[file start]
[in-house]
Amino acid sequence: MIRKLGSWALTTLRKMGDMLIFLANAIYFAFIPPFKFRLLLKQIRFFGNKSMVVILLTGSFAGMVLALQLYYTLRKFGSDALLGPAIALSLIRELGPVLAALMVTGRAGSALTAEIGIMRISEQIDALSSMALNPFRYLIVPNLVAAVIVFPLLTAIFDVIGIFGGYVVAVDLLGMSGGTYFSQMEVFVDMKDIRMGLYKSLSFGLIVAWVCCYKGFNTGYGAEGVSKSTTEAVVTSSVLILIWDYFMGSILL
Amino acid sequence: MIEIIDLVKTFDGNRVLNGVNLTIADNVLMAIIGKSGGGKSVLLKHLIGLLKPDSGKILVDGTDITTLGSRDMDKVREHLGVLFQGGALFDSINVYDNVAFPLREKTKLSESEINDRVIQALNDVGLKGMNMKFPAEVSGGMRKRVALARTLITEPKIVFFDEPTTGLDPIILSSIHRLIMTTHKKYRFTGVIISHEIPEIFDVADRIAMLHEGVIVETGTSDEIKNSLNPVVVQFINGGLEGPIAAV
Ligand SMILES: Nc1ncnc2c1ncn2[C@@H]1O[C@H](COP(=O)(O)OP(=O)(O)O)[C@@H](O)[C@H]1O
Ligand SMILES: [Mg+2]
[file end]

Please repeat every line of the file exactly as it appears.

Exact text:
[in-house]
Amino acid sequence: MIRKLGSWALTTLRKMGDMLIFLANAIYFAFIPPFKFRLLLKQIRFFGNKSMVVILLTGSFAGMVLALQLYYTLRKFGSDALLGPAIALSLIRELGPVLAALMVTGRAGSALTAEIGIMRISEQIDALSSMALNPFRYLIVPNLVAAVIVFPLLTAIFDVIGIFGGYVVAVDLLGMSGGTYFSQMEVFVDMKDIRMGLYKSLSFGLIVAWVCCYKGFNTGYGAEGVSKSTTEAVVTSSVLILIWDYFMGSILL
Amino acid sequence: MIEIIDLVKTFDGNRVLNGVNLTIADNVLMAIIGKSGGGKSVLLKHLIGLLKPDSGKILVDGTDITTLGSRDMDKVREHLGVLFQGGALFDSINVYDNVAFPLREKTKLSESEINDRVIQALNDVGLKGMNMKFPAEVSGGMRKRVALARTLITEPKIVFFDEPTTGLDPIILSSIHRLIMTTHKKYRFTGVIISHEIPEIFDVADRIAMLHEGVIVETGTSDEIKNSLNPVVVQFINGGLEGPIAAV
Ligand SMILES: Nc1ncnc2c1ncn2[C@@H]1O[C@H](COP(=O)(O)OP(=O)(O)O)[C@@H](O)[C@H]1O
Ligand SMILES: [Mg+2]